One million native trees are to be planted in one of the biggest nature restoration projects in the Cairngorms, in a new bid to rescue wild salmon stocks on a river where the the Queen owns a prime stretch of water.

The £5.5 million project, being led by the conservation charity The River Dee Trust, aims to recreate areas of landscape that have been lost for 2,000 years.

The aim is to help prevent a repetition of the high river temperatures which damaged young salmon stocks on the Upper Dee two years ago. 

The charity says it will provide nutrition and shelter for all river species and will encourage a wide range of wildlife to thrive in one of Scotland’s most stunning landscapes. 

In early July 2018, it was reported that the water temperature in the upper reaches of the river at the Geldie had reached 25C.

Sustained high temperatures above 25C are lethal to fish as the oxygen supply in the water drops and fish become unable to feed.

River managers on the Dee and Spey have previously demanded Scottish Government action after salmon catches have fallen to their lowest ever level.

On the Dee,  which runs through the the Queen’s Balmoral estate, anglers are now said to be taking around 3,000 salmon a year, down from almost 9,000 in 2010.

River Dee director Dr Lorraine Hawkins said: “Atlantic salmon are now virtually extinct across their southern European range and are vanishing fast in the south of England. All the major Scottish salmon rivers have seen drastic declines. At current rates, we may have just 20 years to save the species. 

“We know there are catastrophic losses at sea. Those factors must be tackled urgently. But we can take action now to give the young fish their best chance of survival before leaving their native rivers.”

Angling on the River Dee generates some £15m annually in revenues and supports an estimated 500 rural jobs.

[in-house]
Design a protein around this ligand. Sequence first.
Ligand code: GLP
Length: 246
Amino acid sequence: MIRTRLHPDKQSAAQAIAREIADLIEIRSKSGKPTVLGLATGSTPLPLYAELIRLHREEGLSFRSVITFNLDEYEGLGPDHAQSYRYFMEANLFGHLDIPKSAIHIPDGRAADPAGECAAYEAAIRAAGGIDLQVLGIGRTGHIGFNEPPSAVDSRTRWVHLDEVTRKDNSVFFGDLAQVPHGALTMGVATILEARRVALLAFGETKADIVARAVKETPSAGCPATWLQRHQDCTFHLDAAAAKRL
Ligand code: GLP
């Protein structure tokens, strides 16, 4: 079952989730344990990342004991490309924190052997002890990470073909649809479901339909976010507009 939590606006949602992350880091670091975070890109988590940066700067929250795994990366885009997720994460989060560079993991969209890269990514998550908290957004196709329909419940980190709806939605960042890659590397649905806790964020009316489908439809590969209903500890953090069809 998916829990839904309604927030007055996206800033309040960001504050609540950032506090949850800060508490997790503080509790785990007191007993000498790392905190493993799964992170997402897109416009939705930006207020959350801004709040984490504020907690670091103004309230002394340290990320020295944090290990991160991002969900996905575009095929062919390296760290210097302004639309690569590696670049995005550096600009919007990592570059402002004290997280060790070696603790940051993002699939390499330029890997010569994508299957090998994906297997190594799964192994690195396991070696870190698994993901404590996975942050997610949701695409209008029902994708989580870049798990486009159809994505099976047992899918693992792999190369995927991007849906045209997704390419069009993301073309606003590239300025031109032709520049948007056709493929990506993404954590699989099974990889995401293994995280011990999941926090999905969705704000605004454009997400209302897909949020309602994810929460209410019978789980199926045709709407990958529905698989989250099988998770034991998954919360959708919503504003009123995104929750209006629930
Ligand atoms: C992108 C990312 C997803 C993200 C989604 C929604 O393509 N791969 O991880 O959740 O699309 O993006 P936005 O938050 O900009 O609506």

Calls last year for more resources to be devoted to tackling the decline in the famous fish came after experts warned the survival of the species was now at “crisis point”.

Marine Scotland data revealed that salmon catches have dropped to their lowest level since records began in 1952.


A fisherman casts on the lower Crathes beat on The River Dee on February 25, 2009 in Banchory, Scotland.

Across Scotland, the total reported catch through rod fishing is 37,196 for 2018, 67 per cent of the previous five-year average. The vast majority of these, 93%, were caught and then released back into the water.

The River Dee Trust and Dee District Salmon Fishery Board have already planted nearly 200,000 native trees along tributaries, working together with landowners including those on the Balmoral and Invercauld estates. 

The aim is to double the current rate of planting and reach the million tree target within 15 years. 

The main species to be planted are alder, willow, rowan, birch, aspen and Scots pine, which would have been common in the landscape thousands of years ago. 

“Several current projects should produce immediate benefits,” added Ms Hawkins of the latest initiative.

“But we must also provide shade against more of the extreme temperatures we have been told to expect, while restoring a whole ecosystem that’s been degraded over many centuries. This will help our threatened salmon, and all wildlife will benefit.

“Of all the major Scottish rivers, the Dee is especially vulnerable to extreme temperatures because of its land use. We are determined to do everything we can to help nature help itself.”

And work has already begun to plan more than 10,000 trees as part of efforts to prepare the River Dee for a climate emergency.

It is hoped a £350,000 award to two projects will also encourage people to visit the area and protect wildlife populations.

The Easter Beltie Restoration Project in the middle Dee will restore a section of the Beltie burn while habitat improvements to protect a variety of local fish and animals will made as part of the Dee Riparian Habitat Project.

The two Aberdeenshire projects were selected alongside 12 others across Scotland to share a £1.8m Scottish Natural Heritage fund.

The development came as anglers from across the globe prepared to cast their hopes on winning a coveted trophy recognising the best catch on the River Dee.

The award is not necessarily awarded to the angler who lands the heaviest fish, but judged by a committee who consider fish handling, time of year and the condition of the fish.

It will be presented at the opening of the River Dee on Saturday when actor and fishing aficionado Robson Green will cast off the 2020 season.